Bingham Association

Official Website

 
 

   JAMES  OF  WEST  JERSEY


being


THE ANCESTORS AND DESCENDANTS OF WILLIAM BINGHAM


OF PHILADELPHIA


[1640 - 1915]


by


Donna Bingham Munger



Generation One: England and America


The Great Great Grandparents of William Bingham of Philadelphia


1.  James BINGHAM

    Died: 1670, Newport, Essex, ENG

    Mar: abt 1660 Bridget WOODLEY (John Woodley); Born: abt 1640,

        Newport, Essex, ENG; Mar (2): 3 Sep 1687 William WATSON Chesterfield,

        West Jersey®1; Mar (1): Anne Redding; Died: abt 1711®50

    Died: 3rd of the 4th month 1702, Burlington, West Jersey; Buried: 1702

        Nottingham, Burlington, West Jersey, “in the burying place”.®50          


  Documents at the Essex County Archives, England, recently placed online, leave no doubt as to the identification of William Bingham of Philadelphia’s last English ancestor and his first American ancestor. Much misinformation copied from earlier sources and now also online or in print, needs to be corrected. Following next is the information that the documents contain.


   For two years in a row, 1670 and 1671, the constables for Newport, Essex, presented Bridgett Bingham, the wife of James Bingham, for absenting herself from the parish Church. In 1670 it was for “three seuerall sondayes last past”.®43, Reference: T/A 418/172/84 In 1671, named a widow, Bridgett Bingham was presented again for absenting herself from church for 4 Sundays.®43, Reference: T/A 418/173/88


   That same year, 1671, Bridget Bingham of Newport, widow, and Benj. Scott, jun. of Widdington, yeo., and w. Margt (both daughters of John Woodley, late of Widdington, yeoman, deceased), were fined for attending an illegal Friends Meeting and a deed declaring the uses of the fine was recorded.®44, Reference: D/DC/41/463; ®50


   From these three documents we know that Bridget and Margaret were daughters of John Woodley, that Bridget’s husband had been James Bingham and that Margaret’s husband was Benjamin Scott. We also know that James Bingham died in 1670 or 1671. Further investigation of the Essex Parish Registers should reveal even more information about these families.



  

Left:    

          Map of Essex County, England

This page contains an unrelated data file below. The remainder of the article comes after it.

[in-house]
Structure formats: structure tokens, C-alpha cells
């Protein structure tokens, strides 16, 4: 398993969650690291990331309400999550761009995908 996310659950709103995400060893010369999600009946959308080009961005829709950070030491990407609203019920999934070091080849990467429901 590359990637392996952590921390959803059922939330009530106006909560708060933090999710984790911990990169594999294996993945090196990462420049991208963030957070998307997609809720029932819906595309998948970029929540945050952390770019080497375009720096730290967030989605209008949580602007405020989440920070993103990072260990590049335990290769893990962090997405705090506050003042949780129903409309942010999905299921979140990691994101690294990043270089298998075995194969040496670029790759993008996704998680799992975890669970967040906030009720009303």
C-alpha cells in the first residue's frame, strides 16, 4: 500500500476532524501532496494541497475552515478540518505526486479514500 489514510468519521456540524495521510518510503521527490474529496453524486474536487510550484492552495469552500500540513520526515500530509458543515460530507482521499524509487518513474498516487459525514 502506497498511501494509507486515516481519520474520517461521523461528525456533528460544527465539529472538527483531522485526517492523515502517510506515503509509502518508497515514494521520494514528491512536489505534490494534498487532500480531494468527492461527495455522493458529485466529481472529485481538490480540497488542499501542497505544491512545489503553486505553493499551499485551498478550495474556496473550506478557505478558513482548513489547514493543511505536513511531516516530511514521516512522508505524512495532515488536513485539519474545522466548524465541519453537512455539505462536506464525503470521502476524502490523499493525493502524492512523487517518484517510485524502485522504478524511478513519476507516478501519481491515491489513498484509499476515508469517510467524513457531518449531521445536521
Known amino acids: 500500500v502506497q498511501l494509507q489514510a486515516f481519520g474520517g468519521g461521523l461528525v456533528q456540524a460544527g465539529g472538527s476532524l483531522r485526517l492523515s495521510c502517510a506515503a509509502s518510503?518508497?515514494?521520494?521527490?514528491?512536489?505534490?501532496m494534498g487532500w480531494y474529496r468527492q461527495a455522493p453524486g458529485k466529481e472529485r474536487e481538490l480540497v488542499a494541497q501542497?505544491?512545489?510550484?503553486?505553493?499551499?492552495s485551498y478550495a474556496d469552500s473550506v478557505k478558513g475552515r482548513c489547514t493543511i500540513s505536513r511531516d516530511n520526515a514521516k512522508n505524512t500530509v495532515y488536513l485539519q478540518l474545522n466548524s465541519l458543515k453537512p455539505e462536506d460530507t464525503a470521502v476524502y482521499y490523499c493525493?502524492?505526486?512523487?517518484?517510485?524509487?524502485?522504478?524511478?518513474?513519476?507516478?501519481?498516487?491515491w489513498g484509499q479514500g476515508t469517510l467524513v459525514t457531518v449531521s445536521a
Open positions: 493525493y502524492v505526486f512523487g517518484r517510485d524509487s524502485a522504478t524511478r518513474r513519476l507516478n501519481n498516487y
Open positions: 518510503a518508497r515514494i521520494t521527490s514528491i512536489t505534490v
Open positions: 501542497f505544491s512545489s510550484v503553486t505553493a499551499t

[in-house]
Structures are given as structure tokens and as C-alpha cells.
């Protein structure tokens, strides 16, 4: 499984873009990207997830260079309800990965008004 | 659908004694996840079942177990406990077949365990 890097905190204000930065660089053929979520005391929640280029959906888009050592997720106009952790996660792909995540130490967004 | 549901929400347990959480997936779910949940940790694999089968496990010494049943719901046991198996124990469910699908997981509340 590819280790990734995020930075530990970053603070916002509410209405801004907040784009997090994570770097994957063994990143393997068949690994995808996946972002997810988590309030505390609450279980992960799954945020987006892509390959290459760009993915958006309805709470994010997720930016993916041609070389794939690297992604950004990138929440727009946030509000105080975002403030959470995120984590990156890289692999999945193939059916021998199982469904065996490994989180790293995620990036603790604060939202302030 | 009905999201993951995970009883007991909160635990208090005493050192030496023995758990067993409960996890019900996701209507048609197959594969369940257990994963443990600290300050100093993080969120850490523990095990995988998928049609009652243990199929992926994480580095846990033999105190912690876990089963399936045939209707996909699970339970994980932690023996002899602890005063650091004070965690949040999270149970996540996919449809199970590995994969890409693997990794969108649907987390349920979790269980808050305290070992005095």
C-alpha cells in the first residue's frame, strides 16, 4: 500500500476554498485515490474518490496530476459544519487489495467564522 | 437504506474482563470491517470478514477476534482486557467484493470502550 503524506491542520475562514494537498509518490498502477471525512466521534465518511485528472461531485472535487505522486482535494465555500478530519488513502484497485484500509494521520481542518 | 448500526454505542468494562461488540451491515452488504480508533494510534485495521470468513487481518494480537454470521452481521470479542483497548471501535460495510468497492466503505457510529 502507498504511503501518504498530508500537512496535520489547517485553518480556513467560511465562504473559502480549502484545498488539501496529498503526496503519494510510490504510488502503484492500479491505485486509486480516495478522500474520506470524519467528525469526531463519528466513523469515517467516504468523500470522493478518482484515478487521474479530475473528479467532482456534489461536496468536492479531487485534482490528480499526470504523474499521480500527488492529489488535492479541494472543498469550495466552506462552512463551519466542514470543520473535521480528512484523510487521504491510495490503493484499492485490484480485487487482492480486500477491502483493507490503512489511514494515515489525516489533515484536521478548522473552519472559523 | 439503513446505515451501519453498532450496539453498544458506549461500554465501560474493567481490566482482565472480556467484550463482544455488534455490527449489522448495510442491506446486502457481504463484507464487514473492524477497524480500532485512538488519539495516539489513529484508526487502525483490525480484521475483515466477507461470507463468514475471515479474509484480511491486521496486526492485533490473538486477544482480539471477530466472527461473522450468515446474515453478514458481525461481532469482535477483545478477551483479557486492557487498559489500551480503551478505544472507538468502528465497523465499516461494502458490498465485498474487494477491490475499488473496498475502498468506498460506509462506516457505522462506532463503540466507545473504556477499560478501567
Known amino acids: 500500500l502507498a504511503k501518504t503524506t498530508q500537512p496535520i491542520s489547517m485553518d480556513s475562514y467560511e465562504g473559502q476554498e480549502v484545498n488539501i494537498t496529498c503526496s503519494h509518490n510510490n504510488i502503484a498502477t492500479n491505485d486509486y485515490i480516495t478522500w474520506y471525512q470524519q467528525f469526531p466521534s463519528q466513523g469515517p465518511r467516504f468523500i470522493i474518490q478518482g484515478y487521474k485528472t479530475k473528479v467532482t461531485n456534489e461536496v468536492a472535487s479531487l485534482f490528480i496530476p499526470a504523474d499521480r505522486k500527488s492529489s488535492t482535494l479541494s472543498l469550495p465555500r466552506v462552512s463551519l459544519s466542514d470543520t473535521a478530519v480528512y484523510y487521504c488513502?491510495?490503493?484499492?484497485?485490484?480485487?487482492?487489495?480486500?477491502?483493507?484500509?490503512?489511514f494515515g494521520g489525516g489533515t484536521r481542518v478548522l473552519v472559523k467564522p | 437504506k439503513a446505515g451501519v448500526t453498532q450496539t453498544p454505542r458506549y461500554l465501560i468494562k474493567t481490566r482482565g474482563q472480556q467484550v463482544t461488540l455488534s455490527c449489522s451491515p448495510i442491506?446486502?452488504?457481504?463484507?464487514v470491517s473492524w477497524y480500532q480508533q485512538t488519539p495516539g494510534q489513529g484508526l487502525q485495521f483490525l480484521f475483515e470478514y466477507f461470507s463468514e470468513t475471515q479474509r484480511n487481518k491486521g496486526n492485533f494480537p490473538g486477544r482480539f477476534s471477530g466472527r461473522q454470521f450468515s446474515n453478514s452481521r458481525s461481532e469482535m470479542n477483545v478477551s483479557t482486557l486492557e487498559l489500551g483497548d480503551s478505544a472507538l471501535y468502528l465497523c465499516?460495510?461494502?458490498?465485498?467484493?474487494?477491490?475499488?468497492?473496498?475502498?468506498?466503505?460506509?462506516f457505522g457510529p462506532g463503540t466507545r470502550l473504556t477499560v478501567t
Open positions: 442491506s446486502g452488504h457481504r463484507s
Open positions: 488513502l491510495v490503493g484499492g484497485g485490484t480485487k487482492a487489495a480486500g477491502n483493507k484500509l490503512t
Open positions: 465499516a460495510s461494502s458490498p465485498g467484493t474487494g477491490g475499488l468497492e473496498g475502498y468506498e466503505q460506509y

showing location northeast of

          London.

        

          [A Vision of Britain Through Time.

            vision.edina.ac.uk]












Right:

      Map of Northwest

      Essex County.

           

      Newport Village is

      located on the Roman

      road to Cambridge,

      three miles south of

      Saffron-Walden on the

      Cam River.


      [A Vision of Britain 

       Through Time.

       vision.edina.ac.uk]








 

  The next we know about Bridget is a record of her 1681 emigration on the ship Henry and Ann sailing from Gravesend.®2 Also on ship were her sister Margaret Scott and husband Benjamin. The Scott’s daughter, Elizabeth, was born on board the “7th of ye 5th month” 1681.®2 Bridget, her son, James Bingham, and three daughters, Mary, Ann and Margaret, had arrived in the Delaware Valley by the “first Day of ye Tenth month”  1681 when she attended another birth.®2 Hinshaw recorded Bridget as a widow from Essex migrating to Burlington, NJ with son and 3 daughters.®3


   Burlington was the seat of government for the Quaker province of West Jersey. Between 1675 and 1701, West Jersey functioned as a private colony ruled first by John Fenwick, then Edward Byllinge, and finally Daniel Coxe, all Quakers. Coxe sold his interest in 1792 to the 48 members of the West Jersey Society, most of whom were Anglicans. In 1701, the British crown resumed control of all private colonies including West Jersey.





   

Portion of John Worlidge’s Map of East and West Jersey, c. 1696

     Shows most of Burlington County. Note locations of Burlington, Derwin or Asumpink    River, and Philadelphia.